There are teams like the investigators at the Southern District of New York spread anonymously throughout the U.S. government. They are clinging tenaciously to the old standards of right and wrong, to the Constitution and the rule of law.

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A crucial question of the Trump years has always been: Will our institutions hold? Will the legal, political and social institutions of American life be able to withstand the norm-destroying corruption of King Chaos?

The U.S. Congress has not fared well. Many Republicans have been supine while Donald Trump has shriveled congressional authority and shredded the rules of basic democratic behavior.

The American legal system, however, seems to be holding up pretty well. Even under the intense Trumpian pressure my New York Times colleagues described this week.

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Robert Mueller is a solid rock in the face of waves of calumny. If anything, the investigators at the Southern District of New York seem to be picking up the pace. These investigations are being led, it should be noted, by Republicans.

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The SDNY investigation seems to be zeroing in on the $107 million Trump inauguration extravaganza. From the hints dropped by the subpoenas, one gets the impression that the inauguration was a shambolic grabfest in which people with money tried to turn it into power and people who suddenly had power tried to turn it into money.

Some legal experts believe the inauguration is being aggressively probed as a racketeering operation — a continuing criminal enterprise, complete with mail fraud, wire fraud, money laundering and the rest.

So why aren’t the legal authorities wilting? One explanation: institutions and character. The legal institutions instill codes of excellence that are strong enough to take the heat. The people in authority have enough character to live up to those codes.

The head of the SDNY office is Geoffrey Berman, a Trump appointee. Berman has recused himself where that is appropriate and pushed ahead where that is appropriate. The people on his team are famously independent professionals.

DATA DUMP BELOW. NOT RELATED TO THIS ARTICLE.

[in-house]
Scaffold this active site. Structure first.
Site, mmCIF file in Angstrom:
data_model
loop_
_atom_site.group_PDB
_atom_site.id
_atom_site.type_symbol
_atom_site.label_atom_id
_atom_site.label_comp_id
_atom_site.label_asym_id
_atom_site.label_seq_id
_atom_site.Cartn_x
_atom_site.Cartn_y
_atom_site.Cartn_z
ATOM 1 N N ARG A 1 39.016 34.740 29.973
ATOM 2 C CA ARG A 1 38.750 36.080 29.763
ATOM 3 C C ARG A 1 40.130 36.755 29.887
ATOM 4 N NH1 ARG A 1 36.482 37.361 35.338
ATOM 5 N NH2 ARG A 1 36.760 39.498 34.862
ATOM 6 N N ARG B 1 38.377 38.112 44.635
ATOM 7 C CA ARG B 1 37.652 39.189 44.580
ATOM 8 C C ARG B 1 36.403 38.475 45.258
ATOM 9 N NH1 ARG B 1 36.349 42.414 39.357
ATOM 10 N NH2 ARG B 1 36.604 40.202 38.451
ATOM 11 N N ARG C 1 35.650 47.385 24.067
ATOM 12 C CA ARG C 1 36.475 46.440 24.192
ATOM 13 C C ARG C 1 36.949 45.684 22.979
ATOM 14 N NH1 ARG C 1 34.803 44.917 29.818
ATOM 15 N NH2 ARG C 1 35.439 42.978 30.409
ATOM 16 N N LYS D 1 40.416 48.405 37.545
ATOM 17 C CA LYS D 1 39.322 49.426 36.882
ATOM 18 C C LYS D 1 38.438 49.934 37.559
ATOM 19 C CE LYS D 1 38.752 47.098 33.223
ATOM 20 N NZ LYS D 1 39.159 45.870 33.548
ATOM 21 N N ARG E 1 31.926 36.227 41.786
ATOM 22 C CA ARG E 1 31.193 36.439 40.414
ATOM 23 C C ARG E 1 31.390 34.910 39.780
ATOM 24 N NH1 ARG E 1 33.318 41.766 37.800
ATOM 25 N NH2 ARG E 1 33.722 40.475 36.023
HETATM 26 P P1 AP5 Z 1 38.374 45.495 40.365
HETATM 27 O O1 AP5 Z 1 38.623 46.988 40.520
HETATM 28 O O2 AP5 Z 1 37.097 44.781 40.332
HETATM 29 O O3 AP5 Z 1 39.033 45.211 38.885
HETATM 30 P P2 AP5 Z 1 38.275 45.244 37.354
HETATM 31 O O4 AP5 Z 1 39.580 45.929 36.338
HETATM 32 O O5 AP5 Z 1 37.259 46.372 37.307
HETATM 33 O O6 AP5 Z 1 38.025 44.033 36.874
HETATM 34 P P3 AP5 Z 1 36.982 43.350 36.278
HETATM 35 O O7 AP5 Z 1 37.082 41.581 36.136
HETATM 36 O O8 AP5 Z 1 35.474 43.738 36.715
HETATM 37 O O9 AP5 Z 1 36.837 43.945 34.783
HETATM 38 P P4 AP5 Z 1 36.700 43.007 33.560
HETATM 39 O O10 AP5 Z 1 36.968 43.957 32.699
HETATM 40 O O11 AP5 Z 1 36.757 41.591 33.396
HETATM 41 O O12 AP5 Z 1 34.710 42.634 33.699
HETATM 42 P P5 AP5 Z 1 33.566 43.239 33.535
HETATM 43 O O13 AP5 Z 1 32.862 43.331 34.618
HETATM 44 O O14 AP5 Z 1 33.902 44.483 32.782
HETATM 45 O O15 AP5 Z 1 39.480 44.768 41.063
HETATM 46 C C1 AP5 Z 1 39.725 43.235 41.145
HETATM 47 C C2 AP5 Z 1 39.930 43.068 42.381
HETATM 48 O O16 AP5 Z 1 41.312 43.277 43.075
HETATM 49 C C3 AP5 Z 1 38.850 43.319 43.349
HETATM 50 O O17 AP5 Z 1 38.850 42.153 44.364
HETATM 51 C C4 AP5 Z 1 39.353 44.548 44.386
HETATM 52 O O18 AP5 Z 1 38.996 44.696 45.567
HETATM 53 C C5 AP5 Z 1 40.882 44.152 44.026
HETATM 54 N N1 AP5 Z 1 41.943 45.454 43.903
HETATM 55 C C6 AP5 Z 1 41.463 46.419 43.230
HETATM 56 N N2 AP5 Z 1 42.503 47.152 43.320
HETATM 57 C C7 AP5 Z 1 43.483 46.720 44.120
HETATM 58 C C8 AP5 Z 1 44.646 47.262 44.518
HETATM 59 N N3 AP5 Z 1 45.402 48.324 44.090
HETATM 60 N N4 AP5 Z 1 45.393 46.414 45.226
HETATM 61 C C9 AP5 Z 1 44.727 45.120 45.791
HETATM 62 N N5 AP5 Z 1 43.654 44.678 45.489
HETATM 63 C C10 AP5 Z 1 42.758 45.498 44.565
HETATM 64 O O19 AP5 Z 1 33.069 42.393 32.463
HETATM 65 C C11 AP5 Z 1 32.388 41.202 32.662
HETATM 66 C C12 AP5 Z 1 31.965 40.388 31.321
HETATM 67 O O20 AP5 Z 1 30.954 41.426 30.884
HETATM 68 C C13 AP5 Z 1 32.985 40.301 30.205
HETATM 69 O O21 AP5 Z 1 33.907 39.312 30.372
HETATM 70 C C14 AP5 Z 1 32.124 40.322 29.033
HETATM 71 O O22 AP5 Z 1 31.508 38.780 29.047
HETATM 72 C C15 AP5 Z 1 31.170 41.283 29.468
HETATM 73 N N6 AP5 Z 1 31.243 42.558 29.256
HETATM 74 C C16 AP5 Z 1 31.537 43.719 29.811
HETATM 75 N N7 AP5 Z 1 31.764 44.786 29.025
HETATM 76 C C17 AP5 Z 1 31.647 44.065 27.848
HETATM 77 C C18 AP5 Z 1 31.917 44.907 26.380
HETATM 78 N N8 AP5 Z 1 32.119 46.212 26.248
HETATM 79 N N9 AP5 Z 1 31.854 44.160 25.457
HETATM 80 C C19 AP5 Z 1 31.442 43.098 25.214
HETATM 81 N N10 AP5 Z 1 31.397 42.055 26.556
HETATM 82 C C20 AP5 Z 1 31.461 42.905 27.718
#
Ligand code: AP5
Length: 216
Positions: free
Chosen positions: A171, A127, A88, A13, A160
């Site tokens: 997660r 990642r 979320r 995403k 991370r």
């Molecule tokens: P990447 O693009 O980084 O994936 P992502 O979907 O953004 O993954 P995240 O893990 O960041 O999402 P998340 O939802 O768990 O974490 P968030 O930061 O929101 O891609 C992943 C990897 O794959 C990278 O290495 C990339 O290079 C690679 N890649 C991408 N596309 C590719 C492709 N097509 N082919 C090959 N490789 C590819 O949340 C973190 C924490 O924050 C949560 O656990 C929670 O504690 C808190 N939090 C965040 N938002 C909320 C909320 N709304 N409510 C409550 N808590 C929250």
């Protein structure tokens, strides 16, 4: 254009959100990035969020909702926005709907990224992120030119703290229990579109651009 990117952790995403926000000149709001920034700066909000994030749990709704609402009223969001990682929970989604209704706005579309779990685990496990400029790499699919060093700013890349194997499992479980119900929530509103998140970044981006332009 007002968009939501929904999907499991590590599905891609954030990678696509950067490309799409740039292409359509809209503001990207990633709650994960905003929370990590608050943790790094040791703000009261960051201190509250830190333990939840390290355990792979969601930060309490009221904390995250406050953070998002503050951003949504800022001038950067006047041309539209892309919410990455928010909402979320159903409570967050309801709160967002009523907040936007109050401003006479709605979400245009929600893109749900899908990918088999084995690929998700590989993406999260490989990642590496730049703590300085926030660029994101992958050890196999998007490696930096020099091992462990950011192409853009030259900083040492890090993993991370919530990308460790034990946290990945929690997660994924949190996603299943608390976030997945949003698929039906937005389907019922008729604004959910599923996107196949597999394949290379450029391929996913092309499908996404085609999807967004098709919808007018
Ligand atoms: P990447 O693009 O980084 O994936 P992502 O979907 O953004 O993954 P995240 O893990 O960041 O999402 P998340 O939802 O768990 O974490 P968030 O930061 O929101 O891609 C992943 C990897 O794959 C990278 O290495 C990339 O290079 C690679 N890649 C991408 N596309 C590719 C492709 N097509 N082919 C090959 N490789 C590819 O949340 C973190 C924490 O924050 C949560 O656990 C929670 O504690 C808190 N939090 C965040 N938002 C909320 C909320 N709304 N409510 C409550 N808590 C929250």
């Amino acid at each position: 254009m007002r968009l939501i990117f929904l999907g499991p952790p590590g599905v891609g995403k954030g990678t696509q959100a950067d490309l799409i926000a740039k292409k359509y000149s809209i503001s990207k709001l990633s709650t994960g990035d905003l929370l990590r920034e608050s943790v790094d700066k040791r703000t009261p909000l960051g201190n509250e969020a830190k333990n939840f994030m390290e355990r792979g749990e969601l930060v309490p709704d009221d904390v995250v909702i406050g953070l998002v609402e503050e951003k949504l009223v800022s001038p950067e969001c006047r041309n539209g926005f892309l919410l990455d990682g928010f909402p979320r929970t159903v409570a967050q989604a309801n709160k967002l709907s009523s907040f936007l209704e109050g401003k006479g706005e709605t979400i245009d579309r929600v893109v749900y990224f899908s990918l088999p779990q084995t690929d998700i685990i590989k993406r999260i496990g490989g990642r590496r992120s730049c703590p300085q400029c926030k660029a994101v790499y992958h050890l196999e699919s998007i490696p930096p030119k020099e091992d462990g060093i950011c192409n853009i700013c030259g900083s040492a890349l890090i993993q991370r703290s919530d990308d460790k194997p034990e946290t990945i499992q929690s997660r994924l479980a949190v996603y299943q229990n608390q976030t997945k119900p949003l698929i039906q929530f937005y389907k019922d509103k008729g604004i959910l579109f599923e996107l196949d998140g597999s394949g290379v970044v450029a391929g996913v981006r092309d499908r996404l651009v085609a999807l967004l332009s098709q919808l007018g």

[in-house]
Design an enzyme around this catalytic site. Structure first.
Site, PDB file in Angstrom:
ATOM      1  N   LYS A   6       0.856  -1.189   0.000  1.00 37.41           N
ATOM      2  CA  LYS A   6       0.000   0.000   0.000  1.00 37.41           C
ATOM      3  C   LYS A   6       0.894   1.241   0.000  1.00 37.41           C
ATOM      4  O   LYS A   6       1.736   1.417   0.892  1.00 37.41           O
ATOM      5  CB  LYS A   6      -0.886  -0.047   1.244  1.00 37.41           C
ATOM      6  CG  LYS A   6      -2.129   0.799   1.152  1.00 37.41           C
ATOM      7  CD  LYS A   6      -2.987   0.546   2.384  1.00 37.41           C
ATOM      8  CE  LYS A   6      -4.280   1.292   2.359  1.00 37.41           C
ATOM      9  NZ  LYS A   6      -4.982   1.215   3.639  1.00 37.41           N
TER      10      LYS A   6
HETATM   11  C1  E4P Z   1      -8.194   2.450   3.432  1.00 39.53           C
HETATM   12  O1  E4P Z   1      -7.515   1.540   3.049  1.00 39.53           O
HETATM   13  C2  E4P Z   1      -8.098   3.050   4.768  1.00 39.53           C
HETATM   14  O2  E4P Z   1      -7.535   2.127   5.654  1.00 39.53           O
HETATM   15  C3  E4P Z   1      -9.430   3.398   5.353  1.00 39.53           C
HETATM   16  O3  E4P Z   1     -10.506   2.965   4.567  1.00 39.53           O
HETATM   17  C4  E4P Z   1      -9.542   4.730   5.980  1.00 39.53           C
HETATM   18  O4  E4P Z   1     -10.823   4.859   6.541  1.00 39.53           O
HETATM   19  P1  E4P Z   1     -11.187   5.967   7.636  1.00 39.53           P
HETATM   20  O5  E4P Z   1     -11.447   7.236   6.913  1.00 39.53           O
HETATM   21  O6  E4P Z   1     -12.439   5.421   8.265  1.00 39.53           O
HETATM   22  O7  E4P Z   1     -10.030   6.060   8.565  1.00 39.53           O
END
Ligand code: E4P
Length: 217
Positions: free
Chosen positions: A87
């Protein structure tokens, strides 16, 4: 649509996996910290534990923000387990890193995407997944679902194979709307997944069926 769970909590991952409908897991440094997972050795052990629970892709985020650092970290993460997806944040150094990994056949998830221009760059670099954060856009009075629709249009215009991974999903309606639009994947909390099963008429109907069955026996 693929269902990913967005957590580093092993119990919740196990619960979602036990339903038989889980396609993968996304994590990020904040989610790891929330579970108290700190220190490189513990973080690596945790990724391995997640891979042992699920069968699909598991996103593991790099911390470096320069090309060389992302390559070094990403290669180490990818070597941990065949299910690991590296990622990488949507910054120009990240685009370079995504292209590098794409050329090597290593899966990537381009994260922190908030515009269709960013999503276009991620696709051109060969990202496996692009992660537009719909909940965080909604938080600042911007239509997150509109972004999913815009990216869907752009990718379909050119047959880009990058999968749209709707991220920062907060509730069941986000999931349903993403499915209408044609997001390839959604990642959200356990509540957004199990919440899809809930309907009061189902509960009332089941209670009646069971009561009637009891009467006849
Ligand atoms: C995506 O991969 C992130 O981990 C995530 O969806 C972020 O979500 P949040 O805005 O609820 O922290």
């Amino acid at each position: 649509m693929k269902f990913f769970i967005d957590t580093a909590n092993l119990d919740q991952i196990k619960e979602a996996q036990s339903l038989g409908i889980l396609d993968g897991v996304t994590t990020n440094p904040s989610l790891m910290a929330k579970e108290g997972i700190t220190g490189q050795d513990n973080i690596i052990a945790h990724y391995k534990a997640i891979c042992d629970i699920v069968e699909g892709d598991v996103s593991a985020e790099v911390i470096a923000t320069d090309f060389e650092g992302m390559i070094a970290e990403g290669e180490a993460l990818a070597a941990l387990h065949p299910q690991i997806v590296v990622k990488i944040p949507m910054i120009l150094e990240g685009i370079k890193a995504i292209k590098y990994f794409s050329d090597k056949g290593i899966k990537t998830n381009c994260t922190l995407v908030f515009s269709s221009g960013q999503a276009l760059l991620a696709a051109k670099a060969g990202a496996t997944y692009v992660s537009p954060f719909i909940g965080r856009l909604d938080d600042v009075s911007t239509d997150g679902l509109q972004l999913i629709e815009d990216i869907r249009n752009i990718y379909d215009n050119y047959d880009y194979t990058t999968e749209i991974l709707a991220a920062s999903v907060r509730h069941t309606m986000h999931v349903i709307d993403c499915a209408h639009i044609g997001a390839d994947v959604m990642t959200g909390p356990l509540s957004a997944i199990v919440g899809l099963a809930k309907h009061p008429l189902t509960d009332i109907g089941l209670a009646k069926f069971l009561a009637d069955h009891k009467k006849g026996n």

Let’s just pick out one, to illustrate the type: the man Berman chose to be his deputy, Robert Khuzami.

Khuzami was born in Brooklyn (you can’t understand the Trump presidency without understanding the resentments and cultural geography of the New York boroughs) and raised in Rochester. According to a 2013 Times DealBook story, he was born into a bohemian family, with ballroom-dancer parents, a muralist sister and a drummer brother. They joke that Robert is the “white sheep” in the family.

He began college at the State University of New York at Geneseo before transferring to the University of Rochester. He supported himself as a dishwasher, bartender and overnight dockworker. He went to Boston University law school, and his career took off.

Khuzami has served through three separate intense investigations. In the 1990s, he was part of the team that prosecuted Omar Abdel Rahman, the “Blind Sheikh,” who led a foiled plot to blow up the United Nations and other landmarks. In 2009, in the wake of the financial crash, he was named head of enforcement at the Securities and Exchange Commission, revitalizing a demoralized unit. And now he is part of a team taking on the president of the United States.

In between his government service, he’s taken lucrative private-sector jobs, as general counsel for Deutsche Bank and as a partner at Kirkland & Ellis.

Andy McCarthy was one of Khuzami’s fellow prosecutors in the Blind Sheikh case. In his book “Willful Blindness,” McCarthy describes Khuzami as fearless, dogged and willing to contend with the thorniest knots of evidence. In an email to me, McCarthy wrote that Khuzami “is as terrific as you may suspect he is.”

Over the years, Khuzami’s employees have generally described him as intimidating but likable. He was intimidating after the financial crisis. In the 2011 fiscal year, for example, the SEC brought a record 735 enforcement actions. In the same year, his division collected $2.8 billion in penalties and disgorgement.

His critics have often come from the left. Khuzami spoke at the 2004 Republican National Convention, in defense of the Patriot Act. Some argue, plausibly, that as general counsel to Deutsche Bank from 2004 to 2009, he should have been aware of the financial shenanigans of that era. Others argue that since he’s been through the revolving door between the elite firms and big government, he’s actually been soft on Wall Street bigs, charging them penalties but not actually holding them responsible.

The critics may have a point. But when you look at Khuzami and the prosecutors like him, you see people who had been formed — who have been carved by institutions and experience for a moment and role like this.

Khuzami is a tested professional. He’s proved his skill at the highest levels. He’s a Wall Street and legal insider. He’s seen national security, Wall Street and white-collar corruption from all angles. And he’s a patriot. He’s given up lucrative jobs to serve.

The point of this is not to lionize Khuzami. He’s part of a team. There are teams like that spread anonymously throughout the U.S. government. They are clinging tenaciously to the old standards of right and wrong, to the Constitution and the rule of law. And if we get through this, it will be because of people like them.